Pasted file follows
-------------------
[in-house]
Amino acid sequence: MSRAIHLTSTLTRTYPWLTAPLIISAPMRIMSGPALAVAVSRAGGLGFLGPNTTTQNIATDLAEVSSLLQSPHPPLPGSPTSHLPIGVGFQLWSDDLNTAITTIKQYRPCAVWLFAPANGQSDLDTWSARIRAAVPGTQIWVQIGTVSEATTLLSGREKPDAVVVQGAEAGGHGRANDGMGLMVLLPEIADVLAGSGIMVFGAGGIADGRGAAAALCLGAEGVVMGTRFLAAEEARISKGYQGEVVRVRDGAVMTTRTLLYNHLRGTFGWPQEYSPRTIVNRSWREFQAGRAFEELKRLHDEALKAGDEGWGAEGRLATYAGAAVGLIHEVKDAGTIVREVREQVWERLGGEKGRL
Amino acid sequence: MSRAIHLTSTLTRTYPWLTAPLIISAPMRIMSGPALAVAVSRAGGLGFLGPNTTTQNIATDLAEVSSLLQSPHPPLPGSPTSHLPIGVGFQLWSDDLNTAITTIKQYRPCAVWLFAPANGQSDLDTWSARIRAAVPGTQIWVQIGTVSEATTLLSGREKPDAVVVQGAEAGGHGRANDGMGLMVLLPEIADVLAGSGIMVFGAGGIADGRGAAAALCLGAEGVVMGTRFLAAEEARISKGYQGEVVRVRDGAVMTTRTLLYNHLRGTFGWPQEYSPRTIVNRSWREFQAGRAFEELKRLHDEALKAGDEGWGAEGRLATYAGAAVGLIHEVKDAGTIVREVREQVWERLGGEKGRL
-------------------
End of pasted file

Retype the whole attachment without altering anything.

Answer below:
[in-house]
Amino acid sequence: MSRAIHLTSTLTRTYPWLTAPLIISAPMRIMSGPALAVAVSRAGGLGFLGPNTTTQNIATDLAEVSSLLQSPHPPLPGSPTSHLPIGVGFQLWSDDLNTAITTIKQYRPCAVWLFAPANGQSDLDTWSARIRAAVPGTQIWVQIGTVSEATTLLSGREKPDAVVVQGAEAGGHGRANDGMGLMVLLPEIADVLAGSGIMVFGAGGIADGRGAAAALCLGAEGVVMGTRFLAAEEARISKGYQGEVVRVRDGAVMTTRTLLYNHLRGTFGWPQEYSPRTIVNRSWREFQAGRAFEELKRLHDEALKAGDEGWGAEGRLATYAGAAVGLIHEVKDAGTIVREVREQVWERLGGEKGRL
Amino acid sequence: MSRAIHLTSTLTRTYPWLTAPLIISAPMRIMSGPALAVAVSRAGGLGFLGPNTTTQNIATDLAEVSSLLQSPHPPLPGSPTSHLPIGVGFQLWSDDLNTAITTIKQYRPCAVWLFAPANGQSDLDTWSARIRAAVPGTQIWVQIGTVSEATTLLSGREKPDAVVVQGAEAGGHGRANDGMGLMVLLPEIADVLAGSGIMVFGAGGIADGRGAAAALCLGAEGVVMGTRFLAAEEARISKGYQGEVVRVRDGAVMTTRTLLYNHLRGTFGWPQEYSPRTIVNRSWREFQAGRAFEELKRLHDEALKAGDEGWGAEGRLATYAGAAVGLIHEVKDAGTIVREVREQVWERLGGEKGRL